Curious about our work at origin? Our production cycle is a year-long effort, starting with a single coffee bean.
Raw coffee beans are seeds, which take about twelve days to germinate and sprout roots and six months to develop into small plants. After six months developing within a polybag, young plants are replanted at the farm, where in two-three year’s time they will develop into fully mature plants capable of producing a full yield.
In El Salvador, mature coffee trees are said to flower eight days after the first big rain. During this flowering period, the tree is pollinated and begins to develop new cherries, which will be ready to harvest seven to nine months later. Each plant will be manually picked three to five times over the course of the harvest season, which can last from October to March, depending on the time of flowering.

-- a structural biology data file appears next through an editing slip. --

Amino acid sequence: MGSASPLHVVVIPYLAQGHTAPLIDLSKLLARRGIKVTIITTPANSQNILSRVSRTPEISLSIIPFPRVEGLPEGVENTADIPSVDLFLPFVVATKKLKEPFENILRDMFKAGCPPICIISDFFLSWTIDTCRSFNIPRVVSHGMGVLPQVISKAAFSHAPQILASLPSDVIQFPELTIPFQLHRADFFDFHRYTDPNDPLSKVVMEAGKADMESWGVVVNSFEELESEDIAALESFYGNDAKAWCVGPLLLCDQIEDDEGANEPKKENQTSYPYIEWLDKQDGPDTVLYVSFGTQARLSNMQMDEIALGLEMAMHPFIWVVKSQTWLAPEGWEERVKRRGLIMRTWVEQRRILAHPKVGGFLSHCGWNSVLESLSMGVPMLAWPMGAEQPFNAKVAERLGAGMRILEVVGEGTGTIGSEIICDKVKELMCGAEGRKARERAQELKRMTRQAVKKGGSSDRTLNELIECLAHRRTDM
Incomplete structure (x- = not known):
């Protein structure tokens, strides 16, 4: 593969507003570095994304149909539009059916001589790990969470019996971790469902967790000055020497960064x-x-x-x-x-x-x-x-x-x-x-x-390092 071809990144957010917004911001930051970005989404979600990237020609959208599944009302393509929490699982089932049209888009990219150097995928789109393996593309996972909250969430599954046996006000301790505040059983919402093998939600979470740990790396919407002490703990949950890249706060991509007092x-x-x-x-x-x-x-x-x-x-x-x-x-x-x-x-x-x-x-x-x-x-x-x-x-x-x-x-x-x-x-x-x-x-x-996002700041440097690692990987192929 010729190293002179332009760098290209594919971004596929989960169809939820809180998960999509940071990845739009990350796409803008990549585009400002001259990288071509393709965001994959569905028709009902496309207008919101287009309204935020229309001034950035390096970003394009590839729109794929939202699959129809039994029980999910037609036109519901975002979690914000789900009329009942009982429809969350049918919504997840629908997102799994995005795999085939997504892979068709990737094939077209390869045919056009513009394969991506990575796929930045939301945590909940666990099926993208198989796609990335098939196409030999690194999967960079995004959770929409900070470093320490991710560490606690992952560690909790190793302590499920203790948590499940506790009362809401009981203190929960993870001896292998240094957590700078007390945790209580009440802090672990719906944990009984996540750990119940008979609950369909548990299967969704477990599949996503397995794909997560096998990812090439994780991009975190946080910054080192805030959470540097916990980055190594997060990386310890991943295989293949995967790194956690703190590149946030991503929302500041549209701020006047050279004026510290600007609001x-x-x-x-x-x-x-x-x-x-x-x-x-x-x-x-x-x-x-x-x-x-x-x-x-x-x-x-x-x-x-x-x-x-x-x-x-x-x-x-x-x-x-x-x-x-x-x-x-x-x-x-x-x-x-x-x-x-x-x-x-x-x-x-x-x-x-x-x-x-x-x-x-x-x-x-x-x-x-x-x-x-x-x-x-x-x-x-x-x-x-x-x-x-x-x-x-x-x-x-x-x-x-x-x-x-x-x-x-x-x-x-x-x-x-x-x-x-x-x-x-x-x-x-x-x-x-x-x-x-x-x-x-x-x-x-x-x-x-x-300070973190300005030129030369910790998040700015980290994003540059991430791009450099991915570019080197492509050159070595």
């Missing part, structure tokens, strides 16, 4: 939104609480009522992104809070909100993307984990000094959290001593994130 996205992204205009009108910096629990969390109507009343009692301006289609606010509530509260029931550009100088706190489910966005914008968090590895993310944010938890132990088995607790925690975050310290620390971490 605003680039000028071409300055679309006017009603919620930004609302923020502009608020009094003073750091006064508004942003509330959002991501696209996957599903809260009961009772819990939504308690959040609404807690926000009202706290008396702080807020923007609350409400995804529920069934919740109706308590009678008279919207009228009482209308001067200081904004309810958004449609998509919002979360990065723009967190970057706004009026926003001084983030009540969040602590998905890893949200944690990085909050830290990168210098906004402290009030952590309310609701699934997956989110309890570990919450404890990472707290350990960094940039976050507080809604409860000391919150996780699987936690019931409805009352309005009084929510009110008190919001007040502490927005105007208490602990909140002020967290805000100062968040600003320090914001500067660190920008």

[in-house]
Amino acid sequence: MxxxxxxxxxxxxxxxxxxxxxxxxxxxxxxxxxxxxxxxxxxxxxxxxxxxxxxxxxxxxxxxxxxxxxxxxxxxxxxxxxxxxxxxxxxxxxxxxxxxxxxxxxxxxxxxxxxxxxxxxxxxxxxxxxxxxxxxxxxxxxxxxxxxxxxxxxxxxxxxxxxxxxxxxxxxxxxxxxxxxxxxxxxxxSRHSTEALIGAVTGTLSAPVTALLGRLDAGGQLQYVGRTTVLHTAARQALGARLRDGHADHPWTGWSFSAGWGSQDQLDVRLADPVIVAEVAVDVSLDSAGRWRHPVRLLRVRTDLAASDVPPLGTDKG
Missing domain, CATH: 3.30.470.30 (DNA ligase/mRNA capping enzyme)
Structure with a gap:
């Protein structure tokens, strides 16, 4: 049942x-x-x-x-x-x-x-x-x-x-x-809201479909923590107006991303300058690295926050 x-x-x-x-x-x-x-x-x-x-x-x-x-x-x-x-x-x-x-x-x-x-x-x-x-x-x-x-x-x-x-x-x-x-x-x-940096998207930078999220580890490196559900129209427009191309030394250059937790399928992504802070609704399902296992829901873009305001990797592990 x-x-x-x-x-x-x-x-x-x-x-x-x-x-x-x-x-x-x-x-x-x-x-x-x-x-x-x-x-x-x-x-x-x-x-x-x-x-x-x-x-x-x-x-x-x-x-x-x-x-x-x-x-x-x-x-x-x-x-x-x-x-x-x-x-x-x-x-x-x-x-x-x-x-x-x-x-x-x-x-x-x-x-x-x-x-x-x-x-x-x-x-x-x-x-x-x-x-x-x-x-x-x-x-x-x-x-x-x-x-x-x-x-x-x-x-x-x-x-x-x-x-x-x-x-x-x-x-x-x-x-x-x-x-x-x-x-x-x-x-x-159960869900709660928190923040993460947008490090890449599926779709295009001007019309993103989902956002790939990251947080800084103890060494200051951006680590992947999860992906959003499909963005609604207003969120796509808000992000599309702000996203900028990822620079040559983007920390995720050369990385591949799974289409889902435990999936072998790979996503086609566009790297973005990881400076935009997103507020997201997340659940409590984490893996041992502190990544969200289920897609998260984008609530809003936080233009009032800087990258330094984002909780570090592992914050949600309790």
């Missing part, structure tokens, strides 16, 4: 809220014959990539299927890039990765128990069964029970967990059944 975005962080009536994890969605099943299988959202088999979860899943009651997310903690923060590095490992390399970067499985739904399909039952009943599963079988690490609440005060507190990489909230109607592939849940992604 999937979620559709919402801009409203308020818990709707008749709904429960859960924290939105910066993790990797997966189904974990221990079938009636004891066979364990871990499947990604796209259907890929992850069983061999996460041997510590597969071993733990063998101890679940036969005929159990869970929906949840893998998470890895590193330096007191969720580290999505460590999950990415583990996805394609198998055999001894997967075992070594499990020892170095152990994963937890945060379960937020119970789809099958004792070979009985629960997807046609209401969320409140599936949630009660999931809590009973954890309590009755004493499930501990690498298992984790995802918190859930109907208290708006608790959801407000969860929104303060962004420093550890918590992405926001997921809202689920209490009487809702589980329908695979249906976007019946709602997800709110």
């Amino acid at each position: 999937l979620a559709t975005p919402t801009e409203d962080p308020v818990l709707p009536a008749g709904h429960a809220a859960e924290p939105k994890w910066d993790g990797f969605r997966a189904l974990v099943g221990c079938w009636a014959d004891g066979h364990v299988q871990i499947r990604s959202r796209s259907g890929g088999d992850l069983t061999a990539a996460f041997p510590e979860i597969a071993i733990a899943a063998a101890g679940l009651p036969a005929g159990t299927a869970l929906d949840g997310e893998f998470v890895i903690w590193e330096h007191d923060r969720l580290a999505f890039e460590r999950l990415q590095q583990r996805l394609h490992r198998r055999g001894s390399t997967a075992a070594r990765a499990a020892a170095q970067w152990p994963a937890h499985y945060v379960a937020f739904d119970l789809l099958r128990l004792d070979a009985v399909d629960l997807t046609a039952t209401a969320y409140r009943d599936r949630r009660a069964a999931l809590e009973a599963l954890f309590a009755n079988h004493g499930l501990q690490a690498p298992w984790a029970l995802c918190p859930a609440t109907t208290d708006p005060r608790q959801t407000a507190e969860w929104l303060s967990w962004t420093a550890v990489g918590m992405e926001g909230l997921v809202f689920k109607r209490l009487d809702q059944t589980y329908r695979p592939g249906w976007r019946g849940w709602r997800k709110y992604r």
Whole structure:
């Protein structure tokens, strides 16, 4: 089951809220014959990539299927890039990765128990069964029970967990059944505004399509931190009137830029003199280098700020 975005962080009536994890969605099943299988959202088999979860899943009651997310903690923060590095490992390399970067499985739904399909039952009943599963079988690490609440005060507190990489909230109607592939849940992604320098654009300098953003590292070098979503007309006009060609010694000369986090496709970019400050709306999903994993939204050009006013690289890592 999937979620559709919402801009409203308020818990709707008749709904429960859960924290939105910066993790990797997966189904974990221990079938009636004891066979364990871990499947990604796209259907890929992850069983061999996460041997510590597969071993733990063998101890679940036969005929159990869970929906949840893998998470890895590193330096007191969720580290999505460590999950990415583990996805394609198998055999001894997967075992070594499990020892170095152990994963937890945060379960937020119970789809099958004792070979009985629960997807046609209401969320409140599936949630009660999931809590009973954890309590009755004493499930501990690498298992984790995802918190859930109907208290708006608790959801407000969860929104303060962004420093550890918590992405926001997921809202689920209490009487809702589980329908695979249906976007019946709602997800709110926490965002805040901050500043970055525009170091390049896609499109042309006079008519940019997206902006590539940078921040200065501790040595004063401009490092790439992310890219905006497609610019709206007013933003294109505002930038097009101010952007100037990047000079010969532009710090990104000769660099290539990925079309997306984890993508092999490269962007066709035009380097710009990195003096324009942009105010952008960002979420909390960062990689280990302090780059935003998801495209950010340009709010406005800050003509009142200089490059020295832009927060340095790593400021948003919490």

Here is an overview of our farm calendar:
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Harvest is at its peak and seedlings are being prepared for the upcoming growing season.
This period marks the beginning of the growing season. Rain begins falling sporadically, trees begin flowering and coffee cherries start to develop. At this time, most shade trees in the farm are being pruned, to allow more sunlight exposure for optimal development.
During these months we mainly focus on farm maintenance: The first fertilization will take place, older coffee plants will be pruned or stumped, and new areas of the farm will be cleared to make room for new plants.
The rainy season is at its peak during these months. During this time, the second fertilization is taking place and new plants are being planted at the farm.
The third and last fertilization will take place during these months. Coffee cherries are reaching their full size and begin the ripening phase of their development.
The rainy season has ended, and summer has begun. Harvest season has officially started and will be reaching its peak by the last month of the year.